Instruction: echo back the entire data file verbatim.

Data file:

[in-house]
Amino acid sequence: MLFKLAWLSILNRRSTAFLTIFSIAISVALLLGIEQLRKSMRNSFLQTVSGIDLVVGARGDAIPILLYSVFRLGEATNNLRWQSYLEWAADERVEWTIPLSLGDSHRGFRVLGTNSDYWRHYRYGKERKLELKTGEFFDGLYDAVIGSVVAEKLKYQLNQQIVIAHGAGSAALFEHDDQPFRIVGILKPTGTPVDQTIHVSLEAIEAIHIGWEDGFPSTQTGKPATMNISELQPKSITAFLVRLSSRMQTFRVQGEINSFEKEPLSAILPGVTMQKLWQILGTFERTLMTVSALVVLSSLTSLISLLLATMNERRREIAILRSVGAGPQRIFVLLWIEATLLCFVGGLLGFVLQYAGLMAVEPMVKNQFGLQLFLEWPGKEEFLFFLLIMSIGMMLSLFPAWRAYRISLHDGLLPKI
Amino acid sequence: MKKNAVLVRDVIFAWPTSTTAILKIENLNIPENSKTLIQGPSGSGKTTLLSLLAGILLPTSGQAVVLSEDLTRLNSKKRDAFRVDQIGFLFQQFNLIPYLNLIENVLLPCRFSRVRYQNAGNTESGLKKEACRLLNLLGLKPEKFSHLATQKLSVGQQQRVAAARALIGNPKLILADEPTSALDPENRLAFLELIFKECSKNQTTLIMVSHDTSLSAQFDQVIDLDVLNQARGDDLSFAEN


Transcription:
[in-house]
Amino acid sequence: MLFKLAWLSILNRRSTAFLTIFSIAISVALLLGIEQLRKSMRNSFLQTVSGIDLVVGARGDAIPILLYSVFRLGEATNNLRWQSYLEWAADERVEWTIPLSLGDSHRGFRVLGTNSDYWRHYRYGKERKLELKTGEFFDGLYDAVIGSVVAEKLKYQLNQQIVIAHGAGSAALFEHDDQPFRIVGILKPTGTPVDQTIHVSLEAIEAIHIGWEDGFPSTQTGKPATMNISELQPKSITAFLVRLSSRMQTFRVQGEINSFEKEPLSAILPGVTMQKLWQILGTFERTLMTVSALVVLSSLTSLISLLLATMNERRREIAILRSVGAGPQRIFVLLWIEATLLCFVGGLLGFVLQYAGLMAVEPMVKNQFGLQLFLEWPGKEEFLFFLLIMSIGMMLSLFPAWRAYRISLHDGLLPKI
Amino acid sequence: MKKNAVLVRDVIFAWPTSTTAILKIENLNIPENSKTLIQGPSGSGKTTLLSLLAGILLPTSGQAVVLSEDLTRLNSKKRDAFRVDQIGFLFQQFNLIPYLNLIENVLLPCRFSRVRYQNAGNTESGLKKEACRLLNLLGLKPEKFSHLATQKLSVGQQQRVAAARALIGNPKLILADEPTSALDPENRLAFLELIFKECSKNQTTLIMVSHDTSLSAQFDQVIDLDVLNQARGDDLSFAEN